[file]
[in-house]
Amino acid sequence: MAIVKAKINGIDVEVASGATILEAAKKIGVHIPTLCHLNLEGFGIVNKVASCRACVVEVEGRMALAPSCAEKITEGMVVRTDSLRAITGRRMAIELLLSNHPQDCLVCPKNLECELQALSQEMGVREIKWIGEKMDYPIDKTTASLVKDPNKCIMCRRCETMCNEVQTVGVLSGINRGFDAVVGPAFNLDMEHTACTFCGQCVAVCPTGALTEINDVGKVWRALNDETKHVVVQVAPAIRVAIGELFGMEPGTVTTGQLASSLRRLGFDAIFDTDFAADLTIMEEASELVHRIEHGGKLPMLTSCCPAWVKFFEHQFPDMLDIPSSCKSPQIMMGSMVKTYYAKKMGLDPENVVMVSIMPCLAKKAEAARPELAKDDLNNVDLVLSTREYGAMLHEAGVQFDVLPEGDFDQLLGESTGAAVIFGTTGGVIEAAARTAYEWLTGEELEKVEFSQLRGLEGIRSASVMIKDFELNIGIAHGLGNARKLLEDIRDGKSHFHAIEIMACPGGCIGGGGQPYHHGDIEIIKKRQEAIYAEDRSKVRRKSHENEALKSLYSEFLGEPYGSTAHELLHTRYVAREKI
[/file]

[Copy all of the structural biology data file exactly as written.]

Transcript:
[in-house]
Amino acid sequence: MAIVKAKINGIDVEVASGATILEAAKKIGVHIPTLCHLNLEGFGIVNKVASCRACVVEVEGRMALAPSCAEKITEGMVVRTDSLRAITGRRMAIELLLSNHPQDCLVCPKNLECELQALSQEMGVREIKWIGEKMDYPIDKTTASLVKDPNKCIMCRRCETMCNEVQTVGVLSGINRGFDAVVGPAFNLDMEHTACTFCGQCVAVCPTGALTEINDVGKVWRALNDETKHVVVQVAPAIRVAIGELFGMEPGTVTTGQLASSLRRLGFDAIFDTDFAADLTIMEEASELVHRIEHGGKLPMLTSCCPAWVKFFEHQFPDMLDIPSSCKSPQIMMGSMVKTYYAKKMGLDPENVVMVSIMPCLAKKAEAARPELAKDDLNNVDLVLSTREYGAMLHEAGVQFDVLPEGDFDQLLGESTGAAVIFGTTGGVIEAAARTAYEWLTGEELEKVEFSQLRGLEGIRSASVMIKDFELNIGIAHGLGNARKLLEDIRDGKSHFHAIEIMACPGGCIGGGGQPYHHGDIEIIKKRQEAIYAEDRSKVRRKSHENEALKSLYSEFLGEPYGSTAHELLHTRYVAREKI